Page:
Monitoring the health of industry clusters and understanding their future needs is a critical part of ensuring the region’s current and future prosperity. CMAP has produced detailed analyses of the region’s freight and manufacturing clusters, as well as the nexus between the two. The reports contain numerous policy recommendations for enhancing the region’s industry clusters.

About the Data

Employment and location quotient figures are drawn from Economic Modeling Specialists International (EMSI) data, which uses both public and proprietary data sources to estimate employment totals. Freight and manufacturing clusters are defined by CMAP’s freight and manufacturing drill-down reports.

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Intermodal Lifts

What

The number of 20-foot equivalent units (TEUs) of freight cargo containers moved through metropolitan Chicago’s rail-truck intermodal terminals and other North American ports.

Why it matters

The Chicago metropolitan area is the largest inland port in North America. The region’s confluence of rail, truck, and air infrastructure make it a critical shipping node for North American freight. Approximately 16.4 million TEUs of cargo moved through the region’s rail-truck intermodal facilities in 2016, an increase of nearly 38 percent since 2009.

Busiest North American ports by TEUs moved, 2016

Intermodal Lift Growth in Metropolitan Chicago

The Chicago region is one of the largest and busiest cargo hubs in North America, due in part to its heavily used rail and intermodal yards, international airports, access to a transcontinental road network, and connection to the St. Lawrence Seaway, Great Lakes, and Mississippi River systems. CMAP estimates that between one-quarter and one-third of the nation’s freight tonnage originates, terminates, or passes through the region.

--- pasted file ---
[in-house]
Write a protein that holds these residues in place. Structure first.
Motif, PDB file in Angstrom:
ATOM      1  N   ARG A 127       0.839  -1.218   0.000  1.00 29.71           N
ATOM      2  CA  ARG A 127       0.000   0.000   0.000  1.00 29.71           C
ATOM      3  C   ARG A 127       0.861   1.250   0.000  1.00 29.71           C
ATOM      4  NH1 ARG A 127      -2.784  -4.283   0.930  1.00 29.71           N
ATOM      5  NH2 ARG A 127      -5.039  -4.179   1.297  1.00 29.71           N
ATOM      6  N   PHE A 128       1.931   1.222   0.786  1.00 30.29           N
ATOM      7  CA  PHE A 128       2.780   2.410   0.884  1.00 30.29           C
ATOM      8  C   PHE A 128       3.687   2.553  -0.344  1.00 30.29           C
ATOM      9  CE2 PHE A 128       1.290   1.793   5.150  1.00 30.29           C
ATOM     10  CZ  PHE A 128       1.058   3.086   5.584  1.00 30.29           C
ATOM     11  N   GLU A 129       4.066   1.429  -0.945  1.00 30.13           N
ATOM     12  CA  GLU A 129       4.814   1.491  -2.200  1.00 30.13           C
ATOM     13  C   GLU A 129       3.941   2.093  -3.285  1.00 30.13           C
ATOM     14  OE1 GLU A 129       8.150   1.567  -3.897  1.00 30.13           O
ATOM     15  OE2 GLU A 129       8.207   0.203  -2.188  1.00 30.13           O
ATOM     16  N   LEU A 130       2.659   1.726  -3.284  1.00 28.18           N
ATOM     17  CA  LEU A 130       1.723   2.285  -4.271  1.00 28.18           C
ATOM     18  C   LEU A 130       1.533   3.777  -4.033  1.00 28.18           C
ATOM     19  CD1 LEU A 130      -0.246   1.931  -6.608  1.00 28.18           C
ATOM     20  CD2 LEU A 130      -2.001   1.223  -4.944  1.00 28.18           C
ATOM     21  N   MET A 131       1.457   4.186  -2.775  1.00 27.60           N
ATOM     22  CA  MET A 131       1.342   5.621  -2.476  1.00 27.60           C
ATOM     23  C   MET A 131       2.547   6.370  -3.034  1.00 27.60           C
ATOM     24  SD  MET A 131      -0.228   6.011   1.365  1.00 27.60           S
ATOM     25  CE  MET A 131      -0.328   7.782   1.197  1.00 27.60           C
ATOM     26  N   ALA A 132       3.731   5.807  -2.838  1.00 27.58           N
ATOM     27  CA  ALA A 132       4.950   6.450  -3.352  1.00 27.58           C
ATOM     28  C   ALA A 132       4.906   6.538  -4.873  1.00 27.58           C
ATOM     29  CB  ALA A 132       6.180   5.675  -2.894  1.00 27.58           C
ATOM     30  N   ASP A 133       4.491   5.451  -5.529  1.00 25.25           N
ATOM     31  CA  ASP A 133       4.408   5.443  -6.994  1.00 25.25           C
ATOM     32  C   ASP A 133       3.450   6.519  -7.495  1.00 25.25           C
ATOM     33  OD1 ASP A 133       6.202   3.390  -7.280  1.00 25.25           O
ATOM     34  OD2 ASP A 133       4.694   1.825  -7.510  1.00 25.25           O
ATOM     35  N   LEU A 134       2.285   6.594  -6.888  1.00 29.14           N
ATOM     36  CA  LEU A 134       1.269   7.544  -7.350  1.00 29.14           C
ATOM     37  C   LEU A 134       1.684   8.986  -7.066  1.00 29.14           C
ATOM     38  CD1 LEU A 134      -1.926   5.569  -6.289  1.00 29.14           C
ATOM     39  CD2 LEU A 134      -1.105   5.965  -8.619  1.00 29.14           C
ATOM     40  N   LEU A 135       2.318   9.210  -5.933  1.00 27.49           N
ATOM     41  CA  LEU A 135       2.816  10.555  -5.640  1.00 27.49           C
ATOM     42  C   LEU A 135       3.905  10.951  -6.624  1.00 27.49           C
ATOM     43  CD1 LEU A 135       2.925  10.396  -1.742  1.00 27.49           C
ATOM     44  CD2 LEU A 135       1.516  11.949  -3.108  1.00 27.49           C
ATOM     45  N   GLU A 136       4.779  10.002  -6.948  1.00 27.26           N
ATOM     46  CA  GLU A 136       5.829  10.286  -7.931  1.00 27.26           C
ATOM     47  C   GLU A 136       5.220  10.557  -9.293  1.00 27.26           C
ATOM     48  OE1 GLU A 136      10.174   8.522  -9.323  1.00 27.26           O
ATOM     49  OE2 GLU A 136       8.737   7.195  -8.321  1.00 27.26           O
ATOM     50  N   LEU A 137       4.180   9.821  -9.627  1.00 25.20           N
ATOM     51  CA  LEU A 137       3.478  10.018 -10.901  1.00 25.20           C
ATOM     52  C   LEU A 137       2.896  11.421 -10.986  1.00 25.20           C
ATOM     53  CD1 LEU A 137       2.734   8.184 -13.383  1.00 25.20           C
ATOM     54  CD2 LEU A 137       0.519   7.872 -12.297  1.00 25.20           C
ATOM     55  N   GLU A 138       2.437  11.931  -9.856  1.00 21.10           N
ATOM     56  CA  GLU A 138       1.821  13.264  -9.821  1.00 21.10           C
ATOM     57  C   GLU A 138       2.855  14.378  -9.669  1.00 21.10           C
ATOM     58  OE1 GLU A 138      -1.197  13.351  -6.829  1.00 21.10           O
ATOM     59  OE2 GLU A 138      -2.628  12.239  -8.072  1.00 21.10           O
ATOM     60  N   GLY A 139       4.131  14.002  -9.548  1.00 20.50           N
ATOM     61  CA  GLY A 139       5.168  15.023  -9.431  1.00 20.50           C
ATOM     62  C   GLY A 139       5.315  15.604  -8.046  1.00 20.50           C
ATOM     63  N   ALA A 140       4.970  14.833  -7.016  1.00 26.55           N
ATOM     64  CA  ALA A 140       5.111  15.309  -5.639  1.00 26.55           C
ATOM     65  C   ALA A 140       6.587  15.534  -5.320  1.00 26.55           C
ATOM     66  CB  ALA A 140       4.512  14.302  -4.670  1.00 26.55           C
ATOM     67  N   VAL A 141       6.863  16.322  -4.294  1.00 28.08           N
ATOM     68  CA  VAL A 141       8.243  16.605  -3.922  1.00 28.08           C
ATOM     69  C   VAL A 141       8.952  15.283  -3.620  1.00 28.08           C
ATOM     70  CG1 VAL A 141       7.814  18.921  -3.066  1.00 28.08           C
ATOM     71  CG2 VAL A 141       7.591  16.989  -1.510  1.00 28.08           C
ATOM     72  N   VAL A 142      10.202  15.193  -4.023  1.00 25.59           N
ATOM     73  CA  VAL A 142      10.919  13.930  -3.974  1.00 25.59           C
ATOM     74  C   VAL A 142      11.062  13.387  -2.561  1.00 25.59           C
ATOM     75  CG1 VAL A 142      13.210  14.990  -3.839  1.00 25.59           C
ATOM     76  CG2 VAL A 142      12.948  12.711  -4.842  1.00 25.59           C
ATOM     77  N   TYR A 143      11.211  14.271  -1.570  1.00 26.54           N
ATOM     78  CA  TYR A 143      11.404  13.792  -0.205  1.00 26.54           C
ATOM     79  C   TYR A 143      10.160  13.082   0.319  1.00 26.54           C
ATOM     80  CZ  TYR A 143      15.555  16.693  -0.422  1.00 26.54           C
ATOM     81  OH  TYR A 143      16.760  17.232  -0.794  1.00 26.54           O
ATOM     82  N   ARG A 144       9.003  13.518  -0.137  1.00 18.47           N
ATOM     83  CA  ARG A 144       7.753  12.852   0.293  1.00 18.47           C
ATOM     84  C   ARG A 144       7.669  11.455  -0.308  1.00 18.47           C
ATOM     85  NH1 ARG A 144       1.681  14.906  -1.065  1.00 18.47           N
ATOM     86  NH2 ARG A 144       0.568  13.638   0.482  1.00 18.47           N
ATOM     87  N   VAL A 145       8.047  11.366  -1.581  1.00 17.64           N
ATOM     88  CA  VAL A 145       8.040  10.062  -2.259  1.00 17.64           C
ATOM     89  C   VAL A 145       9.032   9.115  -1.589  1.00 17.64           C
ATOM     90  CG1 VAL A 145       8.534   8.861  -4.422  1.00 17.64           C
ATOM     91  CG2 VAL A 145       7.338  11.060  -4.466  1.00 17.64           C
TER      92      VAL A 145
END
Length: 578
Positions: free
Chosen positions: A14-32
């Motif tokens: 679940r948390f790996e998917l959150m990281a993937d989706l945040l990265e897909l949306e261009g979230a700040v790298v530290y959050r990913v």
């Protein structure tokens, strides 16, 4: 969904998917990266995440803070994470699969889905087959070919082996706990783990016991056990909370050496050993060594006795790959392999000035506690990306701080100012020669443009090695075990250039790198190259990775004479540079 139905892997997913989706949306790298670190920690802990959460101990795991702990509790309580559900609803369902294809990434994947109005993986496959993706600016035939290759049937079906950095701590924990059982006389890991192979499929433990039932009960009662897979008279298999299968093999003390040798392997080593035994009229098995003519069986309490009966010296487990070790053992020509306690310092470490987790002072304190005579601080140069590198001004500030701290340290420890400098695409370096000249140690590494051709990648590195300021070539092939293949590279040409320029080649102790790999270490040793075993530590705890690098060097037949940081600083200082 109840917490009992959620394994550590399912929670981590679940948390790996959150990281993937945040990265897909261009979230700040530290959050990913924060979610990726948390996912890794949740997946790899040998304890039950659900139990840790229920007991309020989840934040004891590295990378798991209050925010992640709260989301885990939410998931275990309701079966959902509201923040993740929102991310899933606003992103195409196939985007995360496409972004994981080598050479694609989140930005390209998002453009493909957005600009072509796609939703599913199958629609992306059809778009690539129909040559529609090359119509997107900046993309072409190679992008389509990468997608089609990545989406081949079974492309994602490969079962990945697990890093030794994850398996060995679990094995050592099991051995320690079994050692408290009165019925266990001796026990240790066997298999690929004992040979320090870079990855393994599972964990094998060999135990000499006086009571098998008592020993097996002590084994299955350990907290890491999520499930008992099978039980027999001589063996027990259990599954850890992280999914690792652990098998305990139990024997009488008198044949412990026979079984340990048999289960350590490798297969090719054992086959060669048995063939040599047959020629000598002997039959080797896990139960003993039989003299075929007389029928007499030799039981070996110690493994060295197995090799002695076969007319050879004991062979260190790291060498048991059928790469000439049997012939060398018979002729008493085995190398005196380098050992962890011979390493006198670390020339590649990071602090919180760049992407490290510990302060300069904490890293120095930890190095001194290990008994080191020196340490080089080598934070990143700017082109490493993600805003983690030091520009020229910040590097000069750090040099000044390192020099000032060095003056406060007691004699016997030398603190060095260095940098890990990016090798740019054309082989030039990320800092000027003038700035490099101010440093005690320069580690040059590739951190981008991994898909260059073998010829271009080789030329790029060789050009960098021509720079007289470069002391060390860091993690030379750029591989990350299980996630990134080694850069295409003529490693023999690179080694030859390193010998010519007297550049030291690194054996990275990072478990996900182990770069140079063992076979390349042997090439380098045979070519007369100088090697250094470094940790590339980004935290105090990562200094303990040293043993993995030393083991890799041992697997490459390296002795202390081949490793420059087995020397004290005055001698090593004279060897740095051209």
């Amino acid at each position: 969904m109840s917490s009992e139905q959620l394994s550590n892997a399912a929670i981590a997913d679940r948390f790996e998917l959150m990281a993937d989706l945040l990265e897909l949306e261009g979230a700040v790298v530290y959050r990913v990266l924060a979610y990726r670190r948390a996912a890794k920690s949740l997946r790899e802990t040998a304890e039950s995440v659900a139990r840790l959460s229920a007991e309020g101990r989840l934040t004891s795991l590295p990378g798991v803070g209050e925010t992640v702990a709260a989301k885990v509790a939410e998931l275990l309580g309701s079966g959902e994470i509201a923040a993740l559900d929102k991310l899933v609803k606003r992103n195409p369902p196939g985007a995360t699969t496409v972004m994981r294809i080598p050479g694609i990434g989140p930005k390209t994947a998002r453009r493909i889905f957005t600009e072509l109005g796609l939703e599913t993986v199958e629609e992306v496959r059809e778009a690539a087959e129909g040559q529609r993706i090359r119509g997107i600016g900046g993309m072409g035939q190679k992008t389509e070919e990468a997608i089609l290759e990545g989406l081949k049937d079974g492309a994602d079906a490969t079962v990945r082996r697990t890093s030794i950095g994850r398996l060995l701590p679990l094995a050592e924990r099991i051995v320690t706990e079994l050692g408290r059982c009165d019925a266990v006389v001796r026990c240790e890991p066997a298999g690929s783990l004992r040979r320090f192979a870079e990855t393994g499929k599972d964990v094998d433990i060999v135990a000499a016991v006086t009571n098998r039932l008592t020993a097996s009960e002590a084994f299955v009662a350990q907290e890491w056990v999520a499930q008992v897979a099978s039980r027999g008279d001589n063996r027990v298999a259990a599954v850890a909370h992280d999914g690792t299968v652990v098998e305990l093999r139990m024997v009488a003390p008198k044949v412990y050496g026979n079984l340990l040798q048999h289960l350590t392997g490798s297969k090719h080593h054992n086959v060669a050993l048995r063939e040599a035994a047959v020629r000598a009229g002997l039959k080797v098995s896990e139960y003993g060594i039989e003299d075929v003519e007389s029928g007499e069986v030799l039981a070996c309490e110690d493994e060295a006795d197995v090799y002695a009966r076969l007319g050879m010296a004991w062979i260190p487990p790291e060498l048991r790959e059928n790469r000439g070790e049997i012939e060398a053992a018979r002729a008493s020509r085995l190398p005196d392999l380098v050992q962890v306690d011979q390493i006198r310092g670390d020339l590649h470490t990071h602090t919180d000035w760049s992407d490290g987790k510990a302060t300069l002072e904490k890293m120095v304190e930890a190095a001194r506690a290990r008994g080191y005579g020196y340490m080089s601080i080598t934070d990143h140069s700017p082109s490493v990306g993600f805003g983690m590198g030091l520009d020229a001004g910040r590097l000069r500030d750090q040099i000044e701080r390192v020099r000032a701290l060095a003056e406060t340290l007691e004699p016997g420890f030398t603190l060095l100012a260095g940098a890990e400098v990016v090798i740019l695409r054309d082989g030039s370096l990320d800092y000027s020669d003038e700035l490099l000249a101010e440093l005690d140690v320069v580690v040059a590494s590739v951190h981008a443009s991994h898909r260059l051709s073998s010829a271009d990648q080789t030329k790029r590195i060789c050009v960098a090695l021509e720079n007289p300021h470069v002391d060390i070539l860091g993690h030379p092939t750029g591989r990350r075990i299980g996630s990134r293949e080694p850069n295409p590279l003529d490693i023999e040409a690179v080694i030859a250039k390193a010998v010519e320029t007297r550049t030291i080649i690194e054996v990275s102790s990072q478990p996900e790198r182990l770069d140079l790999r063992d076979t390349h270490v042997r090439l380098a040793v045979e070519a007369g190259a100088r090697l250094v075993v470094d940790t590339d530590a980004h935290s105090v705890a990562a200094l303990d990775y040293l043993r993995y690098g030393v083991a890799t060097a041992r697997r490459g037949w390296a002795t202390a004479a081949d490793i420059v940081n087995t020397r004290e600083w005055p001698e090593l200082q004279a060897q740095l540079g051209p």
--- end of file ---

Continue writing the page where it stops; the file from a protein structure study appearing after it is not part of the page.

The movement of goods into and out of metropolitan Chicago supports the region’s economy. Advances in logistics technologies and services, coupled with a dense network of infrastructure and carriers, have enabled shippers to minimize freight costs and have created rising demand for freight and logistics services. The region’s strength in freight movement also provides manufacturers with timely, cost-effective, and reliable options for moving products to market. In particular, shippers are increasingly using intermodal containers that can be transferred across ship, rail, or truck without repackaging shipments, thus reducing the time and cost of handling goods as they travel to their final destination.

Generally, 20-foot equivalent units (TEUs) are used to measure containers that move through seaports. The busiest seaport in the world in 2016, for example, was the port of Shanghai, which moved 37.1 million TEUs of cargo. Intermodal cargo volumes are often estimated in TEUs, with one TEU representing the volume of a standard 20-foot cargo container.

The Chicago region receives intermodal cargo by rail or truck rather than by sea. A TEU equivalent for the region can be estimated by tracking the number of intermodal containers that are lifted by crane and transferred from truck to train and vice versa at the region’s 20 active intermodal facilities. Containers that pass through metropolitan Chicago without an intermodal lift are not included in total TEU estimates. The interactive map below shows the locations of the region’s intermodal facilities and lift volumes at each facility in recent years from 2000-16.